An abstract describing part of the information in this manuscript was presented at the 22nd International Conference on Pharmacoepidemiology & Therapeutic Risk Management, Lisbon, Portugal, August 24–27, 2006.
Article first published online: 27 MAR 2007
This article is a U.S. Government work and is in the public domain in the U.S.A. Published in 2007 by John Wiley & Sons, Ltd.
Pharmacoepidemiology and Drug Safety
Volume 16, Issue 7, pages 753–761, July 2007
How to Cite
Burwen, D. R., La Voie, L., Braun, M. M., Houck, P. and Ball, R. (2007), Evaluating adverse events after vaccination in the Medicare population. Pharmacoepidem. Drug Safe., 16: 753–761. doi: 10.1002/pds.1390
No conflict of interest was declared.
This article is a U.S. Government work and is in the public domain in the U.S.A.
- Issue published online: 28 JUN 2007
- Article first published online: 27 MAR 2007
- Manuscript Accepted: 16 JAN 2007
- Manuscript Revised: 4 JAN 2007
- Manuscript Received: 31 MAY 2006
- The National Vaccine Program Office, US Department of Health and Human Services
- adverse effects;
- influenza vaccines;
- pneumococcal vaccines
Post-licensure observational studies using large linked databases can provide important data about whether adverse events are associated with vaccines, but databases that have been used may not have sufficient statistical power to examine rare events, and may underrepresent the elderly. We assessed the utility of Medicare data for evaluating adverse events after influenza and pneumococcal vaccines, by using an example involving selected clinical conditions, and evaluating aspects of data quality relevant to vaccine safety analyses.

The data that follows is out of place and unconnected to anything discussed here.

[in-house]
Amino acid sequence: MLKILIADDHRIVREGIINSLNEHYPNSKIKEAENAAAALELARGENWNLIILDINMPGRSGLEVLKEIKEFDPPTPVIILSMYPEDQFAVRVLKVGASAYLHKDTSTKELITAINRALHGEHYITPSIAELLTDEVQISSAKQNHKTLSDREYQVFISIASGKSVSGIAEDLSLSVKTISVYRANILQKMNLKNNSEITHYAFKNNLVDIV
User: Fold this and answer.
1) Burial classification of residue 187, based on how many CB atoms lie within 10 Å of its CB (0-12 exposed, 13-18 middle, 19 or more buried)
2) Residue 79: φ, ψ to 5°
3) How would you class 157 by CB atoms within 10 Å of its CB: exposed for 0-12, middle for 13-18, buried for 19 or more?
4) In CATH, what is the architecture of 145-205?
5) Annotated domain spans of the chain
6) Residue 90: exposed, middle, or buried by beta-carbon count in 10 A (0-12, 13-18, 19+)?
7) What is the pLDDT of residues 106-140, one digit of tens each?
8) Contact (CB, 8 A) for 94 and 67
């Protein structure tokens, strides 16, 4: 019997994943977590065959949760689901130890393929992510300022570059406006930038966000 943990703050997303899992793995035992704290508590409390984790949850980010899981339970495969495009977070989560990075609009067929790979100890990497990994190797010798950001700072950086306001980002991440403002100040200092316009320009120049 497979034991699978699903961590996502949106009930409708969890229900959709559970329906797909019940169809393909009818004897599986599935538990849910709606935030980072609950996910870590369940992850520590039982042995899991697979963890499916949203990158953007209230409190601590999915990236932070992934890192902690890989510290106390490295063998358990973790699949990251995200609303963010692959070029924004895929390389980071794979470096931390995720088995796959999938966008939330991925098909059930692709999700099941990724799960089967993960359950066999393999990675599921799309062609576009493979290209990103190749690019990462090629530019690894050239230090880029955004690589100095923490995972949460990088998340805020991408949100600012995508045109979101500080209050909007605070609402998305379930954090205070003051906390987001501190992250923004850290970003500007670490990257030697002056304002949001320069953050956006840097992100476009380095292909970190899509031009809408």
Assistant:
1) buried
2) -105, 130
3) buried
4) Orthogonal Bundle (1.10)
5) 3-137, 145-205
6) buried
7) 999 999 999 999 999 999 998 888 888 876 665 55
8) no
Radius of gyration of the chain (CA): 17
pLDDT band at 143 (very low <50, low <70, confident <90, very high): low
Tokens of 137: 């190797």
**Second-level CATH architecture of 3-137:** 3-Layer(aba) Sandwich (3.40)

We used 2001 data from the National Claims History File and Enrollment Database to determine if hospitalization for urinary tract infection (not likely associated with vaccination) or for cellulitis and abscess of the upper arm and forearm is associated with vaccination.
For influenza vaccine, the 7-day period after vaccination did not demonstrate an elevation in hospitalization with cellulitis and abscess of the upper arm and forearm; for pneumococcal vaccine, a clear peak was evident. No increase in urinary tract infection was found after either influenza or pneumococcal vaccine. Having a prior Medicare claim for pneumococcal vaccine within 5 years was a risk factor for hospitalization with cellulitis and abscess of the upper arm and forearm (relative risk, 2.6; 95% confidence limits (CL), 1.3, 5.0).
Medicare data are a useful source for evaluating adverse events after vaccination. Screening analyses can be performed using administrative data, but medical record review to validate diagnoses will often be needed for rigorous study of vaccine-adverse event associations. Published in 2007 by John Wiley & Sons, Ltd.